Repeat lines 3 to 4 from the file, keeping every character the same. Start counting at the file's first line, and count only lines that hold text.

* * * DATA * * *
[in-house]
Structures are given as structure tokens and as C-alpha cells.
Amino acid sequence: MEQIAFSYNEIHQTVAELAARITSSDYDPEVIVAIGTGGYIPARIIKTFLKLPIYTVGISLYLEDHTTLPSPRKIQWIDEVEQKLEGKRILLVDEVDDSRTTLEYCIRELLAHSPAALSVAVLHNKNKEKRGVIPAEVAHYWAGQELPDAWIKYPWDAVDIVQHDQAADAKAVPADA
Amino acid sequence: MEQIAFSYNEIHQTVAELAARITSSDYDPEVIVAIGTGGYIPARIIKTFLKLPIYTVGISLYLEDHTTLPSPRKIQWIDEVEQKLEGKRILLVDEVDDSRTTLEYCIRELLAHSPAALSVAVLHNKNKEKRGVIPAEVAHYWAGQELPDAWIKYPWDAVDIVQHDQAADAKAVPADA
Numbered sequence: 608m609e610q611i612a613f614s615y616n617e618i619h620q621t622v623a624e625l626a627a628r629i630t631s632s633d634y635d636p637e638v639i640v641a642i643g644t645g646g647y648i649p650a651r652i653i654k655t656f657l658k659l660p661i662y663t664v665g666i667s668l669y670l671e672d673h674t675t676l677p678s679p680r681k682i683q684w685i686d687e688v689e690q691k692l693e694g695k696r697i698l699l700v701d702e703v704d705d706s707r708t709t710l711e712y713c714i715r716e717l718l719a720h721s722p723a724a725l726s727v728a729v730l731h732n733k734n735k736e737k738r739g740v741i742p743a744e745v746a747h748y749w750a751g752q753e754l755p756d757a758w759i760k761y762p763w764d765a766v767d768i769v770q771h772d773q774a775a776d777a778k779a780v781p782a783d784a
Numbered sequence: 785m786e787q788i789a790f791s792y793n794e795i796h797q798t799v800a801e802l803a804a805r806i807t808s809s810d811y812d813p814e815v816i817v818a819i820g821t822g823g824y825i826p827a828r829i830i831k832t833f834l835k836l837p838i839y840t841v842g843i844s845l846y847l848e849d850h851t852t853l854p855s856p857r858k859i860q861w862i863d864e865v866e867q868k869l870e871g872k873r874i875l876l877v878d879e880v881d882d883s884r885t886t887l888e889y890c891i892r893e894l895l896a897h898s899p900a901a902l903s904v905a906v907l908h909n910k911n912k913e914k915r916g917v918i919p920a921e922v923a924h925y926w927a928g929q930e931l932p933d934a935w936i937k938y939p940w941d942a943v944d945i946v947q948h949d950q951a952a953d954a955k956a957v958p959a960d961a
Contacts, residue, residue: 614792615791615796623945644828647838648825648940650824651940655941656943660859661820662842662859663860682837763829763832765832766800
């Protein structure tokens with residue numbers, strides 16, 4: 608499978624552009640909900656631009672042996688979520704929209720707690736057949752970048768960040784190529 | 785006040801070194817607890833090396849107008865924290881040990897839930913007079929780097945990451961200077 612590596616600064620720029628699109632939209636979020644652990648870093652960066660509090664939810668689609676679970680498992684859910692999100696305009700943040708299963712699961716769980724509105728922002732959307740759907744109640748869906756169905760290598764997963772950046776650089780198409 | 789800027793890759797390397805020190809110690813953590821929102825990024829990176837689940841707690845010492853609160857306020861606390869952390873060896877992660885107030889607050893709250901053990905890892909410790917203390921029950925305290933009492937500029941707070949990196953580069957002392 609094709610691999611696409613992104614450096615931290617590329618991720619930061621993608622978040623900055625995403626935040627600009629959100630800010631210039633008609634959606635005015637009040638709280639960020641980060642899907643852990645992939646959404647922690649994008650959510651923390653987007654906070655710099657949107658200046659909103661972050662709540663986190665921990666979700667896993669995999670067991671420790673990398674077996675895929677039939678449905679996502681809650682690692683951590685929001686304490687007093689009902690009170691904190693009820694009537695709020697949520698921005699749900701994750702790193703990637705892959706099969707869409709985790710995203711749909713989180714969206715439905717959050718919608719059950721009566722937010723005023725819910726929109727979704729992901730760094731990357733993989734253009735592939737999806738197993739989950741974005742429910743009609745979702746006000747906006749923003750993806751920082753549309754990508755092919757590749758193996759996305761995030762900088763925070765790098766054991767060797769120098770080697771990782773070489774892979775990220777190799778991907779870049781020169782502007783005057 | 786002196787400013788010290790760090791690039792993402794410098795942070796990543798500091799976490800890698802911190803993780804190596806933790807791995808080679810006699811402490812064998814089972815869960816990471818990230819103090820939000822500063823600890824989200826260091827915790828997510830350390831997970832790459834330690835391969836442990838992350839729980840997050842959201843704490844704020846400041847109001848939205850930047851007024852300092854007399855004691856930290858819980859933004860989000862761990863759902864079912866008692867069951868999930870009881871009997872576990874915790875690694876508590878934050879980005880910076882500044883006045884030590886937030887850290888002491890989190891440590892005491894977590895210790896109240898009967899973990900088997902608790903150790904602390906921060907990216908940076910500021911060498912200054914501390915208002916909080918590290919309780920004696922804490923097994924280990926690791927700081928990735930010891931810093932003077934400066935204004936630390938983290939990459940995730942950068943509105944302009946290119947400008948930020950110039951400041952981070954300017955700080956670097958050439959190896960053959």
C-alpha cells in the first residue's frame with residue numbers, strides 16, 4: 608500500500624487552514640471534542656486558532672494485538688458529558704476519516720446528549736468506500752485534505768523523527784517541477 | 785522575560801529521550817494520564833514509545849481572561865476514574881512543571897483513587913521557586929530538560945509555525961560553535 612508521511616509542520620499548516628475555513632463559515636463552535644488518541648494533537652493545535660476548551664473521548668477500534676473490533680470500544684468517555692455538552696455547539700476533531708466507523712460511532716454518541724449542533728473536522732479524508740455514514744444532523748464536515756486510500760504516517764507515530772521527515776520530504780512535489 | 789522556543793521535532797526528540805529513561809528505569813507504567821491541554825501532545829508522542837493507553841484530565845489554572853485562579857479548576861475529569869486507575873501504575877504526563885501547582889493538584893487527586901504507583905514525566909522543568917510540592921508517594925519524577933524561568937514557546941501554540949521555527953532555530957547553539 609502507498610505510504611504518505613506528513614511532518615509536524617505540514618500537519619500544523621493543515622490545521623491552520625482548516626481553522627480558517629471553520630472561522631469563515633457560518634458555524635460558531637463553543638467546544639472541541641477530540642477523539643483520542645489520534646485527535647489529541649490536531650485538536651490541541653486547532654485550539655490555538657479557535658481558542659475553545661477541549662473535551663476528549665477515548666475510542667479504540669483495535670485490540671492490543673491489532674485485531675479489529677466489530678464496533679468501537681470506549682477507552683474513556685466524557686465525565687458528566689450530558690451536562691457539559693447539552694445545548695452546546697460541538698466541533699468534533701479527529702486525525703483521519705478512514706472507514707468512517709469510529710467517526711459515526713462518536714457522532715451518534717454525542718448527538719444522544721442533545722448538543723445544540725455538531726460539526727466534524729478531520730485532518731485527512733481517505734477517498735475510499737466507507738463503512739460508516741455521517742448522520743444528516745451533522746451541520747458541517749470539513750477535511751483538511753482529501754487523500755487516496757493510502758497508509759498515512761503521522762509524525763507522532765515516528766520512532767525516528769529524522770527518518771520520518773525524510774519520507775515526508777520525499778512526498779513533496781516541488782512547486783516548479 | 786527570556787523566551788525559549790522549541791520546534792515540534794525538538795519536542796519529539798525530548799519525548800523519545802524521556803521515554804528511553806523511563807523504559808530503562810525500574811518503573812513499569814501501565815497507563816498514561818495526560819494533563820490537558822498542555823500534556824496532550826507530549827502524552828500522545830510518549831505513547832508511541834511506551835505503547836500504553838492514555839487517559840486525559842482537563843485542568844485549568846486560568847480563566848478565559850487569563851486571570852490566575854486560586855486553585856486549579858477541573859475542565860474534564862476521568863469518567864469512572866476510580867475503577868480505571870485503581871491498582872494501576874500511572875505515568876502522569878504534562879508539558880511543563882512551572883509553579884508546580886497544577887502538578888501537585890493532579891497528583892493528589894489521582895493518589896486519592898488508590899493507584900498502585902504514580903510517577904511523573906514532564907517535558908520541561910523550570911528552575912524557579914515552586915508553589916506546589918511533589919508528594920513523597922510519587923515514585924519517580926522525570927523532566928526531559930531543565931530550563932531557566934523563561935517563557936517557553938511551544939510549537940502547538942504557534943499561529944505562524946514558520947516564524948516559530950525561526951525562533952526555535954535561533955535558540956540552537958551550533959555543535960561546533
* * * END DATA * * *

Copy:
Amino acid sequence: MEQIAFSYNEIHQTVAELAARITSSDYDPEVIVAIGTGGYIPARIIKTFLKLPIYTVGISLYLEDHTTLPSPRKIQWIDEVEQKLEGKRILLVDEVDDSRTTLEYCIRELLAHSPAALSVAVLHNKNKEKRGVIPAEVAHYWAGQELPDAWIKYPWDAVDIVQHDQAADAKAVPADA
Amino acid sequence: MEQIAFSYNEIHQTVAELAARITSSDYDPEVIVAIGTGGYIPARIIKTFLKLPIYTVGISLYLEDHTTLPSPRKIQWIDEVEQKLEGKRILLVDEVDDSRTTLEYCIRELLAHSPAALSVAVLHNKNKEKRGVIPAEVAHYWAGQELPDAWIKYPWDAVDIVQHDQAADAKAVPADA